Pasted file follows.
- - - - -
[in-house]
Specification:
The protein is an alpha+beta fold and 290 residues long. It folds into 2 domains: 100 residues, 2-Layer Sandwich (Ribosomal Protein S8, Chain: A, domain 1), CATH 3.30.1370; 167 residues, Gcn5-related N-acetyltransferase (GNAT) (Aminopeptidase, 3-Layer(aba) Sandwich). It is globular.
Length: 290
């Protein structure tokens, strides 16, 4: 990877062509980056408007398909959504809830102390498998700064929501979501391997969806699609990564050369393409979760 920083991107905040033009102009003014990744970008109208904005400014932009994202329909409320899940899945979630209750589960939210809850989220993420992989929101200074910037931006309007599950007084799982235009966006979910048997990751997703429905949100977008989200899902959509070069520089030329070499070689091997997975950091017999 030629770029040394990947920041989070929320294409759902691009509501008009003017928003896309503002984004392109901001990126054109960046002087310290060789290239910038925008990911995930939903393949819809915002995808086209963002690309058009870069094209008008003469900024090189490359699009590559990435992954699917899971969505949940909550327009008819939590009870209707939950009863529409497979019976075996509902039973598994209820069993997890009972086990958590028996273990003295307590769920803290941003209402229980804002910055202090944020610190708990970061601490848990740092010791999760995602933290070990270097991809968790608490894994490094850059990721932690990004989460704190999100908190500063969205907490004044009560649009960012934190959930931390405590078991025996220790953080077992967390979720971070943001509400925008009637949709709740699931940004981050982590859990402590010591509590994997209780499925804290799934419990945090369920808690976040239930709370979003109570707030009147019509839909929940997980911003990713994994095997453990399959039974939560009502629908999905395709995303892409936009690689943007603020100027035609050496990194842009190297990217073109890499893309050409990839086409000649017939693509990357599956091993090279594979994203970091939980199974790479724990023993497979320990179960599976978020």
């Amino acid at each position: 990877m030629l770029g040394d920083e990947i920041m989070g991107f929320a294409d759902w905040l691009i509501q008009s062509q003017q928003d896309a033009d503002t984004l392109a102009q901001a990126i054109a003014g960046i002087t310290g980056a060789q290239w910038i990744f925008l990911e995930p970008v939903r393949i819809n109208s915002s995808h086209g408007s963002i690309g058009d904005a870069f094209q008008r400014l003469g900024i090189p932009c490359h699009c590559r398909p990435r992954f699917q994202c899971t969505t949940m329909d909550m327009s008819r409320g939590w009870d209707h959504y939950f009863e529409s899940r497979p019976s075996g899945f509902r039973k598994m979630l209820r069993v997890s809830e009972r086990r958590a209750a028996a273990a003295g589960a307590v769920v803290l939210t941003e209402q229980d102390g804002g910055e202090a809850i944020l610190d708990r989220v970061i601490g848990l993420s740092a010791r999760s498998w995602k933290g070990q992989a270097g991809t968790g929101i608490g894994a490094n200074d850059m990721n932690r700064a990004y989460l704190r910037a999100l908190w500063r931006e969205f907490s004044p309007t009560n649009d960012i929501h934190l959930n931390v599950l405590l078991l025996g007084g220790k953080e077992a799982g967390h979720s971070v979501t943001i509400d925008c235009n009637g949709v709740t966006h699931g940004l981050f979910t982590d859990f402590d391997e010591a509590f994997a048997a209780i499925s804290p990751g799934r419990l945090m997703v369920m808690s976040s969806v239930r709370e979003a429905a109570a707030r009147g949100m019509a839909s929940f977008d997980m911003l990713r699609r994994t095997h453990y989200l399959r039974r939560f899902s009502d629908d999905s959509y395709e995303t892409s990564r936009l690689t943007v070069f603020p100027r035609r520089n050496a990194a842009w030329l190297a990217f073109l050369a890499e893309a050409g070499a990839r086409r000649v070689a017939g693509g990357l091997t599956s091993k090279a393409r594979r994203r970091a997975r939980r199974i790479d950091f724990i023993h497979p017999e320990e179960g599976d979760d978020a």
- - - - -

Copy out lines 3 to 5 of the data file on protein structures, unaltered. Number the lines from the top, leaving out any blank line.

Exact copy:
The protein is an alpha+beta fold and 290 residues long. It folds into 2 domains: 100 residues, 2-Layer Sandwich (Ribosomal Protein S8, Chain: A, domain 1), CATH 3.30.1370; 167 residues, Gcn5-related N-acetyltransferase (GNAT) (Aminopeptidase, 3-Layer(aba) Sandwich). It is globular.
Length: 290
């Protein structure tokens, strides 16, 4: 990877062509980056408007398909959504809830102390498998700064929501979501391997969806699609990564050369393409979760 920083991107905040033009102009003014990744970008109208904005400014932009994202329909409320899940899945979630209750589960939210809850989220993420992989929101200074910037931006309007599950007084799982235009966006979910048997990751997703429905949100977008989200899902959509070069520089030329070499070689091997997975950091017999 030629770029040394990947920041989070929320294409759902691009509501008009003017928003896309503002984004392109901001990126054109960046002087310290060789290239910038925008990911995930939903393949819809915002995808086209963002690309058009870069094209008008003469900024090189490359699009590559990435992954699917899971969505949940909550327009008819939590009870209707939950009863529409497979019976075996509902039973598994209820069993997890009972086990958590028996273990003295307590769920803290941003209402229980804002910055202090944020610190708990970061601490848990740092010791999760995602933290070990270097991809968790608490894994490094850059990721932690990004989460704190999100908190500063969205907490004044009560649009960012934190959930931390405590078991025996220790953080077992967390979720971070943001509400925008009637949709709740699931940004981050982590859990402590010591509590994997209780499925804290799934419990945090369920808690976040239930709370979003109570707030009147019509839909929940997980911003990713994994095997453990399959039974939560009502629908999905395709995303892409936009690689943007603020100027035609050496990194842009190297990217073109890499893309050409990839086409000649017939693509990357599956091993090279594979994203970091939980199974790479724990023993497979320990179960599976978020």